2. Detailed Description of the Prior Art

Biochips, also known as DNA micro arrays, have been developed to simultaneously quantify various biopolymer species, such as DNA sequences, that are present in a sample in different volumes. The technology is overviewed in Vivian G. Cheung et al., “Making and reading microarrays,” Nature Genetics Supplement, vol. 21, January 1999. In a typical biochip technique, different probe biopolymers, for example, DNA molecules, are immobilized on a surface of a support such as glass slides and, through hybridization, selectively bind to different labeled biopolymers, for example, DNA sequences, in a sample. Specific sample biopolymers can be quantified based on the amounts of markers that have been selectively coupled to the probe biopolymers via sample biopolymers hybridized to the probe biopolymers. This principle makes it possible to quantify many different sample biopolymers at a time by immobilizing many different probe biopolymers on the same support.

In order for two DNA sequences to hybridize, the two sequences need to have base sequences complementary, or nearly complementary, to one another. When hybridized, the complementary strands have a high binding energy and are stable at a certain temperature. This binding energy varies depending on the length and base composition (GC content) of the strand. Two hybridized strands with partially non-complementary sequences can also have a sufficiently high binding energy when they contain complementary regions of sufficient lengths. This means that there is a chance that sample DNA molecules of the same type bind to two different types of DNA probes that are very similar to one another. It is known that the likelihood that this unintended hybridization (miss-hybridization) occurs varies depending on the conditions of hybridization experiments.

A type of biochips that uses synthetic short DNA strands as DNA probes is known (oligonucleotide array). In this type of biochips, DNA molecules with sequences similar to respective subject DNA probes are synthesized and used to serve as DNA probes for comparison so as to determine if the hybridized sample DNA is the intended sequence as the target of the subject DNA probe. This technique is reviewed by Robert J. Lipshutz et al (Robert J. Lipshutz et al.: High density synthetic oligonucleotide arrays, Nature Genetics Supplement, Vol. 21, January 1999).

However, in biochips that use longer DNA molecules, such as cDNA, as a probe biopolymer, no effective technique is known that can evaluate the results of hybridization using DNA sequence data.

The Smith-Waterman method is a known technique for searching for regions with highest homology between two different DNA sequences (Smith, T. F. and Waterman, M. S.: J. Mol. Biol. 147, 195–197, 1981). Also, methods are known such as BLAST that allow for a fast search for a target sequence having a high homology with a DNA sequence of interest (key sequence) among many different DNA sequences (targets) (Altschul et al., Nucleic Acids Res., 25, 3389–3402, 1997). Many other algorithms have been developed for the same purpose. In these approaches, the degrees of homology between two DNA sequences are expressed by indices such as “homology score,” which is based on the scores used in the search for high homology regions between the two DNA sequences, or by “matching rate,” which is based on the proportion of the complementary DNA portions in the region (these indices, each representing the degree of homology, are collectively referred to as “similarity score,” hereinafter.).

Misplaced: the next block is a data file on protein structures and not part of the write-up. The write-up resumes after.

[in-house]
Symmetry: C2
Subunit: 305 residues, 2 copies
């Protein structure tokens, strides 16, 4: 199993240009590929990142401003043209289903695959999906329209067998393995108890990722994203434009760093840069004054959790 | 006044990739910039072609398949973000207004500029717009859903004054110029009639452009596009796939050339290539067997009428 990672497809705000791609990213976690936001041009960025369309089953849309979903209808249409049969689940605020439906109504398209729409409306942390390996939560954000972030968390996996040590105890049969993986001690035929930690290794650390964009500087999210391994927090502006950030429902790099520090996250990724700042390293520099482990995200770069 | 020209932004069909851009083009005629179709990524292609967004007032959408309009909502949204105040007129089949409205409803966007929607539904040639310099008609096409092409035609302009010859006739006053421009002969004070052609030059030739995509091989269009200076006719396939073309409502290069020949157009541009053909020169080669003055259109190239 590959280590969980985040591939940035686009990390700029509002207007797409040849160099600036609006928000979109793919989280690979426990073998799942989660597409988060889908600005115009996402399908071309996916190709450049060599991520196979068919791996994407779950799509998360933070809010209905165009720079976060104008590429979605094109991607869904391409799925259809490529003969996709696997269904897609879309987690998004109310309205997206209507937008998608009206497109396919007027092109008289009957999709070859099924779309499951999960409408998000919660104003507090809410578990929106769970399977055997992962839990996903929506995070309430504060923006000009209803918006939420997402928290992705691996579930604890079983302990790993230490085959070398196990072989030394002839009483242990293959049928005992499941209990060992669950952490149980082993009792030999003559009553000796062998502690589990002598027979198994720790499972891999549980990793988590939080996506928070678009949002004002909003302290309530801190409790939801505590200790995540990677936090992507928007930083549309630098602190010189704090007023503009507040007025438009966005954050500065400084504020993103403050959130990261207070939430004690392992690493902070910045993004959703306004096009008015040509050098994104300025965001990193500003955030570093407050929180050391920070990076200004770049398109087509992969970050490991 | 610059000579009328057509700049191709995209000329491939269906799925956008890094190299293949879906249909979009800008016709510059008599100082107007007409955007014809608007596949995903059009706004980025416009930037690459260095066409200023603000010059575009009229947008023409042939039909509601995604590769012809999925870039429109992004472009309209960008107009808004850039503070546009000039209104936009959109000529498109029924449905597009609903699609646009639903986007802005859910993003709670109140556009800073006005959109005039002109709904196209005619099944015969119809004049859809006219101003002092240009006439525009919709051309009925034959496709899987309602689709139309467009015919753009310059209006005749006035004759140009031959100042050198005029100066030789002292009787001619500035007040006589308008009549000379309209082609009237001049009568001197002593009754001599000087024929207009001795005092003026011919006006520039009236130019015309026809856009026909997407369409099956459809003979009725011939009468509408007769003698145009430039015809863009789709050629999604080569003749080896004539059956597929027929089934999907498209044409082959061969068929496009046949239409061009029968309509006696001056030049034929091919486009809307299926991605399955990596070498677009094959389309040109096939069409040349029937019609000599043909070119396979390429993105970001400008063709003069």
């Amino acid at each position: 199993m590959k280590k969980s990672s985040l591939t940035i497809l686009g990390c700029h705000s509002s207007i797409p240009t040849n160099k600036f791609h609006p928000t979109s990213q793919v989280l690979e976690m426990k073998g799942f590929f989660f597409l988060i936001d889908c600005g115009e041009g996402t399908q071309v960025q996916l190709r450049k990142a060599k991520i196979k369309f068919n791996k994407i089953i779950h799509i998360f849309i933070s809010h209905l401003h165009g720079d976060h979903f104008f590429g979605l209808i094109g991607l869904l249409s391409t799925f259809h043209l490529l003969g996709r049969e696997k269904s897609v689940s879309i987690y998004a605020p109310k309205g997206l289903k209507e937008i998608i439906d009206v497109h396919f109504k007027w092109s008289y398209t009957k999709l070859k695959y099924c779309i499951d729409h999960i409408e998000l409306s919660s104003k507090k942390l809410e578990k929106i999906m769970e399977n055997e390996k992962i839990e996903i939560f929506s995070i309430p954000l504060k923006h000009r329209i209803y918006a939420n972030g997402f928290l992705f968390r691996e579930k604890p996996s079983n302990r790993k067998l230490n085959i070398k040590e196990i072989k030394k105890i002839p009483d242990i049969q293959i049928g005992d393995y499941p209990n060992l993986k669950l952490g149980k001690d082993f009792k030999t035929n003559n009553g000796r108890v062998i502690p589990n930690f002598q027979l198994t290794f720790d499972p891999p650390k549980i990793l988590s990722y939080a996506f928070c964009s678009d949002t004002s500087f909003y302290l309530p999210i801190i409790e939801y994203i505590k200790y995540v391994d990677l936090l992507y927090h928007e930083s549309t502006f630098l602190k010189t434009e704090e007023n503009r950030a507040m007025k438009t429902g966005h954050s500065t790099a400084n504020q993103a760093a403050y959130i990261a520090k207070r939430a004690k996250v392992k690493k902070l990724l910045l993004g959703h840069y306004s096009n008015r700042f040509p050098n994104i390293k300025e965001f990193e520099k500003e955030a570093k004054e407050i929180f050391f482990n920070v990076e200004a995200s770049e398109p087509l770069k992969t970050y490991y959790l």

In a technique widely used for data analysis of biochip experiments, subject DNA proves are statistically classified (i.e., clustered) based on the changes in levels of hybridization in a plurality of biochips. In the expression analysis for yeast conducted by P. Brown's group of the Stanford University, a DNA sample was prepared at each stage of cell development in a time-sequential manner and the samples were each hybridized to separate biochips. Types and the amounts of DNA sequences present in the DNA samples were determined for each stage. The DNA sequences (DNA probes) were then clustered based on the changes in amounts at each stage (Michel B. Eisen et al.: Cluster analysis and display of genome-wide expression patterns: Proc. Natl. Acad. Sci. (1998) Dec. 8, 1995 (25), 14863-8). The results are displayed in a tree diagram obtained from the clustering that indicates the order of clusters in the DNA sequence and the distances between the clusters. The results also include information about the DNA sequences (e.g., name, definitions, or the like) and hybridization patterns indicating the levels of hybridization for each DNA sequence on each of the biochips.

At present, no practical approach is known for determining if a probe biopolymer has been accurately hybridized to a sample biopolymer of interest, and accordingly, there is a need for such a method.

SUMMARY OF THE INVENTION

The present invention is devised to satisfy such a need. Accordingly, it is an object of the present invention to provide a method for displaying information concerning the accuracy of hybridization experiments using biochips in a manner that is visually easy to understand.